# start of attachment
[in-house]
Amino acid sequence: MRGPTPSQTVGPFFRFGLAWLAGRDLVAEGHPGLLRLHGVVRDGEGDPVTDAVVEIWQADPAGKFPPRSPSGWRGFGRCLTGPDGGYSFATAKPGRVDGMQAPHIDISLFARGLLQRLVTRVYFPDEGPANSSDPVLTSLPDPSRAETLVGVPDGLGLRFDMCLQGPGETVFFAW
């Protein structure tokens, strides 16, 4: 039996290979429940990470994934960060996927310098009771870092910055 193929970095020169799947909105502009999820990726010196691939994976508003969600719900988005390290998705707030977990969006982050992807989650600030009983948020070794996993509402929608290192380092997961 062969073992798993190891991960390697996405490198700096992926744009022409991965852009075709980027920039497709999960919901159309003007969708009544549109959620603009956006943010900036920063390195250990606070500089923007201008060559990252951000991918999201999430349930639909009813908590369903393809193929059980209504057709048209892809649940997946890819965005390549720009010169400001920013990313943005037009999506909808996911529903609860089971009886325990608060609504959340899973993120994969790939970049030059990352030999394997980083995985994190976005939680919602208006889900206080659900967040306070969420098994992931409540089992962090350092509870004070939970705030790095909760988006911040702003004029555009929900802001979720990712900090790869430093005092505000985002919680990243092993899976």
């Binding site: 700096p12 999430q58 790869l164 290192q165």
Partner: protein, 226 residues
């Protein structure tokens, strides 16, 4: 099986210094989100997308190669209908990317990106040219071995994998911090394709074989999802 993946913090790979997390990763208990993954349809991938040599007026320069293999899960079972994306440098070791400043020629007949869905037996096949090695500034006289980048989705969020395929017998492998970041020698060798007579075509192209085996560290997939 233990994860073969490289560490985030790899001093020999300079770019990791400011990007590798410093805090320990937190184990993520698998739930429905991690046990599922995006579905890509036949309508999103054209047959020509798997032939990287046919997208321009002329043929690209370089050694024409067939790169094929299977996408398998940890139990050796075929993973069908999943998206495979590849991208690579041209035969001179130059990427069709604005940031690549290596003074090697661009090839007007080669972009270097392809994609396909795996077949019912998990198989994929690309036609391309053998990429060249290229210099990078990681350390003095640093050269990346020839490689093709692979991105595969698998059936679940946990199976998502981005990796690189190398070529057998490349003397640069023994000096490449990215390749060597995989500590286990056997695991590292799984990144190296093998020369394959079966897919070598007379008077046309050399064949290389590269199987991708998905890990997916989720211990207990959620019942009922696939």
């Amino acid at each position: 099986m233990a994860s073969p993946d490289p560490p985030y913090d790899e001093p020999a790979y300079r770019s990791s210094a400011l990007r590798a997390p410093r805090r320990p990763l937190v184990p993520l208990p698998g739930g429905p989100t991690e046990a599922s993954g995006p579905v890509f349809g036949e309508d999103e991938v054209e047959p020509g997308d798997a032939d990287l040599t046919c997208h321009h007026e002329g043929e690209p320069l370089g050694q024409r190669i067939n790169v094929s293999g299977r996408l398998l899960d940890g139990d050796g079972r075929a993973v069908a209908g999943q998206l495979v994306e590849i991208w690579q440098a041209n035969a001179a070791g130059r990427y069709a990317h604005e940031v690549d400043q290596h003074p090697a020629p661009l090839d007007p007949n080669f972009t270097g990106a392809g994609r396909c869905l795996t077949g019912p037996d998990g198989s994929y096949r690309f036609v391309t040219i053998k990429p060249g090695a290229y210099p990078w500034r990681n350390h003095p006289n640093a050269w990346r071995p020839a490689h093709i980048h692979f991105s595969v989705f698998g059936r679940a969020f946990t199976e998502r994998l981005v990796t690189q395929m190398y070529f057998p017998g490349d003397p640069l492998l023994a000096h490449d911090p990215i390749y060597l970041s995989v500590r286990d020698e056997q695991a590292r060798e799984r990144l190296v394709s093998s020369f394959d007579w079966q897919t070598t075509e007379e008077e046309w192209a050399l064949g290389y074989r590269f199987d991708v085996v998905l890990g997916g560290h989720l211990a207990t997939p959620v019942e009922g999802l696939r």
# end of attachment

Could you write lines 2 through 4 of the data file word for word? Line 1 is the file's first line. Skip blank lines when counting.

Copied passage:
Amino acid sequence: MRGPTPSQTVGPFFRFGLAWLAGRDLVAEGHPGLLRLHGVVRDGEGDPVTDAVVEIWQADPAGKFPPRSPSGWRGFGRCLTGPDGGYSFATAKPGRVDGMQAPHIDISLFARGLLQRLVTRVYFPDEGPANSSDPVLTSLPDPSRAETLVGVPDGLGLRFDMCLQGPGETVFFAW
């Protein structure tokens, strides 16, 4: 039996290979429940990470994934960060996927310098009771870092910055 193929970095020169799947909105502009999820990726010196691939994976508003969600719900988005390290998705707030977990969006982050992807989650600030009983948020070794996993509402929608290192380092997961 062969073992798993190891991960390697996405490198700096992926744009022409991965852009075709980027920039497709999960919901159309003007969708009544549109959620603009956006943010900036920063390195250990606070500089923007201008060559990252951000991918999201999430349930639909009813908590369903393809193929059980209504057709048209892809649940997946890819965005390549720009010169400001920013990313943005037009999506909808996911529903609860089971009886325990608060609504959340899973993120994969790939970049030059990352030999394997980083995985994190976005939680919602208006889900206080659900967040306070969420098994992931409540089992962090350092509870004070939970705030790095909760988006911040702003004029555009929900802001979720990712900090790869430093005092505000985002919680990243092993899976």
């Binding site: 700096p12 999430q58 790869l164 290192q165």